LEE-LUENG FU is a JPL fellow and a senior research scientist at the Jet Propulsion Laboratory, California Institute of Technology. He has been the project scientist for JPL’s satellite altimetry missions since 1988, including TOPEX/Poseidon, Jason, and Ocean Surface Topography Mission/Jason-2. He is currently the project scientist for the U.S./France joint Surface Water and Ocean Topography Mission (SWOT), which is being developed as the next-generation altimetry mission for measuring water elevation on Earth. Dr. Fu’s research has been focused on the dynamics of ocean waves and currents ranging from small-scale internal gravity waves to ocean basin-scale circulation. He received a B.S. degree in physics from National Taiwan University (1972) and a Ph.D. in oceanography from Massachusetts Institute of Technology and Woods Hole Oceanographic Institution (1980). He is a member of the U.S. National Academy of Engineering, and a fellow of the American Geophysical Union and the American Meteorological Society. Recently he was awarded the COSPAR International Cooperation Medal for his leadership in the development and continuation of satellite altimetry missions.
BRADFORD H. HAGER is the Cecil and Ida Green Professor of Earth Sciences in the Department of Earth, Atmospheric, and Planetary Sciences at the Massachusetts Institute of Technology (MIT). Dr. Hager is an expert in using precise measurements of ground deformation derived from GPS (Global Positioning System) observations and laser ranging, as well as interferometric synthetic aperture radar measurements to study earthquakes, seismic hazards, hydrocarbon reservoir mechanics, and underground CO2 storage. While teaching at the California Institute of Technology, Dr. Hager began the GPS field experiment that led to the discovery of rapid strain accumulation in the epicentral region of the 1994 Northridge Earthquake. He has been involved in other similar field projects around the world, including in the Tien Shan Mountains of central Asia and the Southern Alps in New Zealand. Dr. Hager was co-chair of NASA’s DESDynI Science Study Group, a satellite mission to measure deformation of the land surface and ice sheets, as well as changes in terrestrial biomass. He is a fellow of the American Geophysical Union and a recipient of AGU’s Macelwane Medal, as well as a fellow of the American Academy of Arts and Sciences and a recipient of the Geological Society of America’s Woolard Award and the European Geophysical Union’s Love Medal. Dr. Hager received a B.A. in physics from Amherst College, an M.A. in geology from Harvard University, and his Ph.D. in geophysics from Harvard University. He has previously served on the NRC Steering Committee for Earth Science and Applications from Space: A Community Assessment and Strategy for the Future, the Panel on Solid-Earth Hazards, Resources and Dynamics, the Committee to Review NASA’s Solid Earth Science Strategy, and the Committee for Review of the Science Implementation Plan of the NASA Office of Earth Science.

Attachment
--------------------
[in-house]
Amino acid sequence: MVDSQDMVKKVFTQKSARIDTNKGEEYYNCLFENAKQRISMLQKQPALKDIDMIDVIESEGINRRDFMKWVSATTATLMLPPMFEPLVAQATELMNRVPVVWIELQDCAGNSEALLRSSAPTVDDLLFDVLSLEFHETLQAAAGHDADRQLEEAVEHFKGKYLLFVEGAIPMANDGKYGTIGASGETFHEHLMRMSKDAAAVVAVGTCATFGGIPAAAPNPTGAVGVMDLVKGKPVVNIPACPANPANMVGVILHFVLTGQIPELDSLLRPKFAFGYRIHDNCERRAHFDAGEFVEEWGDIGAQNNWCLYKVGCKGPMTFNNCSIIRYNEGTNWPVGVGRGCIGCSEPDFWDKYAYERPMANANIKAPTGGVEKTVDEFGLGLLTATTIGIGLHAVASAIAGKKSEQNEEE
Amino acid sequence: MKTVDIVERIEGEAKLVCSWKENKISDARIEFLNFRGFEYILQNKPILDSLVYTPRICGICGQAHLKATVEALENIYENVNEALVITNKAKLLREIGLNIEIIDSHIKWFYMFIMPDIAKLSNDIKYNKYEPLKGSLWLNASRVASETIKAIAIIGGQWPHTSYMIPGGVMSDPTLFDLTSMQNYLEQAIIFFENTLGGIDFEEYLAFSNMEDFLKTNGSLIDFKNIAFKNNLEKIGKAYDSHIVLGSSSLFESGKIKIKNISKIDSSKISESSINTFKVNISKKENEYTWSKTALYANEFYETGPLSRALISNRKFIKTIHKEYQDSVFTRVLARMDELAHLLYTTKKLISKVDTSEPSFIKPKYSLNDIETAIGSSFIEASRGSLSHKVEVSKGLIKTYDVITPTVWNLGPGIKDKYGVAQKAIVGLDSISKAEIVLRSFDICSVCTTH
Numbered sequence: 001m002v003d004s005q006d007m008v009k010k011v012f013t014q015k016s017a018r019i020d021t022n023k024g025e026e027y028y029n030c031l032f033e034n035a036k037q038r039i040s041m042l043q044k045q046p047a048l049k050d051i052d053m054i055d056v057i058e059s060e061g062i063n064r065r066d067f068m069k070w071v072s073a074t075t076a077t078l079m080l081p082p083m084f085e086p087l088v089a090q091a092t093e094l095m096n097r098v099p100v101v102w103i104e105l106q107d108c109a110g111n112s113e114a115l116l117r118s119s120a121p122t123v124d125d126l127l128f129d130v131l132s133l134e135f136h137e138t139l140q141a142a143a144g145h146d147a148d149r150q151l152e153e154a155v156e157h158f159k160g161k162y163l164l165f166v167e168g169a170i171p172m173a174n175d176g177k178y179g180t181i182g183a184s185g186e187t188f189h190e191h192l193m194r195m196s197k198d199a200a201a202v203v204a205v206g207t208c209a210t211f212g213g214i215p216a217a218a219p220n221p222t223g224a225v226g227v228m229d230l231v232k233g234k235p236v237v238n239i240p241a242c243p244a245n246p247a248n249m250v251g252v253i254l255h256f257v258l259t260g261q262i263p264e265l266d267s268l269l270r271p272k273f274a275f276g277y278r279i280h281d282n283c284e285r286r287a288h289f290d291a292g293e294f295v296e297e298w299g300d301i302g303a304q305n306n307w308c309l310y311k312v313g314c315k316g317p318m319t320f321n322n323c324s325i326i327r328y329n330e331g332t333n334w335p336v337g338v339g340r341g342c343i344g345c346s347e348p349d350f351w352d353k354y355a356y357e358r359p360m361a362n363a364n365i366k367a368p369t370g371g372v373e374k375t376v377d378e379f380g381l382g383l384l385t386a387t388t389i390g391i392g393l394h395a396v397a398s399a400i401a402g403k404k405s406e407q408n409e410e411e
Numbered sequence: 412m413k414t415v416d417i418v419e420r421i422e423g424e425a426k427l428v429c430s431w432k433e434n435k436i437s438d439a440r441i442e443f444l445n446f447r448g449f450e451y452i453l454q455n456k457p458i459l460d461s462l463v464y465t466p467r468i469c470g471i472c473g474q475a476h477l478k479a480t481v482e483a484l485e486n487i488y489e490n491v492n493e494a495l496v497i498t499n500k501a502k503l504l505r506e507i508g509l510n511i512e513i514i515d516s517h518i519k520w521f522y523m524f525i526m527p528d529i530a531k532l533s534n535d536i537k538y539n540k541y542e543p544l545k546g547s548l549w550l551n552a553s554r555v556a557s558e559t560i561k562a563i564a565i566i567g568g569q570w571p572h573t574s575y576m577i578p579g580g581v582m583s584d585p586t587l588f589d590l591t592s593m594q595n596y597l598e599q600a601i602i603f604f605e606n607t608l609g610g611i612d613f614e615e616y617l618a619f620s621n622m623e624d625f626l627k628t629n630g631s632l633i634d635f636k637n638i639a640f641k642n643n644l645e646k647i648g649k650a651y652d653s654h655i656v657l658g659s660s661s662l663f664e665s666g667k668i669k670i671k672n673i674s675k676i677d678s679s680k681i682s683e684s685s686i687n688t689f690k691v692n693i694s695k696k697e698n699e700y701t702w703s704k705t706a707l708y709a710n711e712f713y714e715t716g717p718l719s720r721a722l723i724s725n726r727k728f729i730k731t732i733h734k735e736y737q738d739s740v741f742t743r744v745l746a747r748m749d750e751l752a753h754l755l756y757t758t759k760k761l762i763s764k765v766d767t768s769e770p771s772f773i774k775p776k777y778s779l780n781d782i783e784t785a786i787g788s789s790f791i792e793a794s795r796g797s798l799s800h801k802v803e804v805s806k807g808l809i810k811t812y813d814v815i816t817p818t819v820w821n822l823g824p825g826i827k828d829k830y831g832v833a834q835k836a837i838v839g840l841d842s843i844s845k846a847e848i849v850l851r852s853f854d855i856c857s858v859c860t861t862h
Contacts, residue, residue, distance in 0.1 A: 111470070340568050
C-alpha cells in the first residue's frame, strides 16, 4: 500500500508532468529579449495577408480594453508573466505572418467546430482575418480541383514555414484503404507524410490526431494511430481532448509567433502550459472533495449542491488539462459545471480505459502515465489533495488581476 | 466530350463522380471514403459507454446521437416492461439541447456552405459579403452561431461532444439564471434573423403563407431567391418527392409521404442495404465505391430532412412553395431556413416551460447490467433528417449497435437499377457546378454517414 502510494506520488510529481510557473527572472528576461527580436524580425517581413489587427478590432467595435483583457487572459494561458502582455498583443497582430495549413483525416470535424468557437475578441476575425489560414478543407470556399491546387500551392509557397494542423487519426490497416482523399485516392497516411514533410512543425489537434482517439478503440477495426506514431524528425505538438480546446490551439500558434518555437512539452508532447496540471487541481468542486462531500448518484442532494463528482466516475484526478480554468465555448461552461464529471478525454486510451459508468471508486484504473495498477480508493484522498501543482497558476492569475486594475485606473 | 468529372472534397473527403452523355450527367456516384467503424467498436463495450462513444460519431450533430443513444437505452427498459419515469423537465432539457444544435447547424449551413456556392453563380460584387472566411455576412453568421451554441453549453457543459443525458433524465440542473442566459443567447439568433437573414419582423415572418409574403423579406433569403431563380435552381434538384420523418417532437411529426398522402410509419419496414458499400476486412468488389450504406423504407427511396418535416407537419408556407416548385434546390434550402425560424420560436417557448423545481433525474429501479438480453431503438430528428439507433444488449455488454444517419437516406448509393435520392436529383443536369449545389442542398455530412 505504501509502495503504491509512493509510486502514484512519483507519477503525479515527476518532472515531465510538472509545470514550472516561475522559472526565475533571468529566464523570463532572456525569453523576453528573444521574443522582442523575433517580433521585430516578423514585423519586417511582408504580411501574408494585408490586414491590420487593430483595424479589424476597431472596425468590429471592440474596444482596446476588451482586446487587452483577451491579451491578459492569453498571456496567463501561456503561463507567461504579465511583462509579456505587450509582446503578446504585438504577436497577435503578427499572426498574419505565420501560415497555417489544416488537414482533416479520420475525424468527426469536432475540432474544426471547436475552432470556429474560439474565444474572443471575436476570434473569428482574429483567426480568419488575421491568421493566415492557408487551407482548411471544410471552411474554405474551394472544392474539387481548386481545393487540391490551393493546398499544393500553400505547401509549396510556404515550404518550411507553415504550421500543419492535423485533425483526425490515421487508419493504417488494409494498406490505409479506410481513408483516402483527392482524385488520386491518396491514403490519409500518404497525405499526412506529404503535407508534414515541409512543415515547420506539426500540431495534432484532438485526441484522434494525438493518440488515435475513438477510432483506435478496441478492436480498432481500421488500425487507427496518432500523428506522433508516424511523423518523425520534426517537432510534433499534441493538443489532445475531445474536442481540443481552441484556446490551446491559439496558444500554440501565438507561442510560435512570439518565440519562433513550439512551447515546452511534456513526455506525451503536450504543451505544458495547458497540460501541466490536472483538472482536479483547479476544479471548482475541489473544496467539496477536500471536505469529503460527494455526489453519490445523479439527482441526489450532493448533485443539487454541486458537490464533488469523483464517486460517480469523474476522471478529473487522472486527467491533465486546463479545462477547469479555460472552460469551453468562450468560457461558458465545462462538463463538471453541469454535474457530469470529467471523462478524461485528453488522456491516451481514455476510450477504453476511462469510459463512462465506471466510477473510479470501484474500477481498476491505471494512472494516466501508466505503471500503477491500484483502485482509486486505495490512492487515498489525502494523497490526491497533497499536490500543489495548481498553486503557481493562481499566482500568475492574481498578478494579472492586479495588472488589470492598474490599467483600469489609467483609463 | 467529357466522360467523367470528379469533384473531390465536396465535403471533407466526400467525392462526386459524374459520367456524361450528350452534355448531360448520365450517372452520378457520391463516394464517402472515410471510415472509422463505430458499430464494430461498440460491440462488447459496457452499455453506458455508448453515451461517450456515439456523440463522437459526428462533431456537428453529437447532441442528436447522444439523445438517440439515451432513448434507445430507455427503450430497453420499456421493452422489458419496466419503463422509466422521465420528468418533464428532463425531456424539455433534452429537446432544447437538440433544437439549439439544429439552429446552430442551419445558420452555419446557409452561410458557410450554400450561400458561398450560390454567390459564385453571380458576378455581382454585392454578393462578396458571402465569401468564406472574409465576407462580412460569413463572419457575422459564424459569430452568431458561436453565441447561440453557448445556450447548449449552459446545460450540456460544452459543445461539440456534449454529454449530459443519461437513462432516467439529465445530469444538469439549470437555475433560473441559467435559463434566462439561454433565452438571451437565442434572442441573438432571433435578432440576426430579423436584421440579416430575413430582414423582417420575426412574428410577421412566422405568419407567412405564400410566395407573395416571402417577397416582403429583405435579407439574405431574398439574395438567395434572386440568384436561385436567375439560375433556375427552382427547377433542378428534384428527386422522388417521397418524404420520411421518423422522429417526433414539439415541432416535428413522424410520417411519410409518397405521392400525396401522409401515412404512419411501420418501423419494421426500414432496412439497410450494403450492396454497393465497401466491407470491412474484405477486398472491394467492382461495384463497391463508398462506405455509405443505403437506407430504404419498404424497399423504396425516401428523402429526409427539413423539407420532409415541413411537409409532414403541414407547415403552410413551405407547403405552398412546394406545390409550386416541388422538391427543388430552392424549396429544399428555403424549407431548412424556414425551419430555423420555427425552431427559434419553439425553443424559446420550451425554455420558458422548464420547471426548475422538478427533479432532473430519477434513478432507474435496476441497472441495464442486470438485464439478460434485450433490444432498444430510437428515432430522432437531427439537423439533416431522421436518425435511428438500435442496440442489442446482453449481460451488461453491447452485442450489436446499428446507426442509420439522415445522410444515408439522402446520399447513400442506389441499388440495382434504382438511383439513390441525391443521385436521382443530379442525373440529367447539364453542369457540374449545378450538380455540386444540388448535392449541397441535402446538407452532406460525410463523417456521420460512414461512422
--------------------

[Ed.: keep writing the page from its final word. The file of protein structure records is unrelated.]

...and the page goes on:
HUNG-LUNG (ALLEN) HUANG is a Distinguished Scientist of the University of Wisconsin, Madison, and a senior research scientist at the university’s Cooperative Institute for Meteorological Satellites Studies (CIMSS), which operates as an institute within the Space Science Engineering Center (SSEC). While at CIMSS/SSEC, Dr. Huang has been conducting remote sensing research in the areas of atmospheric sounding
retrieval, information content analysis, satellite and aircraft high-spectral resolution sounding instrument data processing, data compression, instrument design and performance analysis, cloud-clearing, cloud property characterization, synergistic imaging, and sounding data processing and algorithm development. Dr. Huang is also principal investigator of the NASA-funded International Moderate Resolution Imaging Spectroradiometer/Atmospheric Infrared Sounder Instrument Processing project, the NOAA Integrated Program Office International Polar Orbiter Processing Package, and the NASA Field Programmable Gate Array Re-Configurable Computation Demonstration project, and he is the program manager and lead scientist of algorithm development for the NOAA Geostationary Operational Environmental Satellite (GOES)-R risk reduction project. He is a member of the International Society for Optical Engineering (SPIE), the AMS, the Optical Society of America, and the International Radiation Commission. Dr. Huang received a B.S. in atmospheric science from National Taiwan University and an M.S. and a Ph.D. in meteorology from the University of Wisconsin, Madison. For the NRC, he served as chair of the Committee on Utilization of Environmental Satellite Data: A Vision for 2010 and Beyond and as a member of the Committee on Earth Studies.
ANTHONY C. JANETOS is director of the Joint Global Change Research Institute, part of the Pacific Northwest National Laboratory, with research-affiliate status at the University of Maryland. Earlier, he was a senior research fellow at the H. John Heinz III Center for Science, Economics, and the Environment. In 1999, he joined the World Resources Institute as senior vice president and chief of programs. Previously, he served as senior scientist for the Land-Cover and Land-Use Change Program in NASA’s Office of Earth Science and was program scientist for the Landsat 7 mission. He had many years of experience in managing scientific research programs on a variety of ecologic and environmental topics, including air-pollution effects on forests, climate change impacts, land-use change, ecosystem modeling, and the global carbon cycle. Dr. Janetos received his B.S. in biology from Harvard University, and his M.S. and Ph.D. in biology from Princeton University. He was a co-chair of the U.S. National Assessment of the Potential Consequences of Climate Variability and Change and an author of Land-Use, Land-Use Change, and Forestry (an IPCC special report) and Global Biodiversity Assessment. Prior NRC experience includes serving on the survey committee for the 2007 decadal survey on Earth science and applications from space, the Committee on Ecological Impacts of Climate Change, and the Climate Research Committee. Dr. Janetos is currently a member of the Committee on Socioeconomic Scenarios for Climate Change Impact and Response Assessments, and of the Space Studies Board.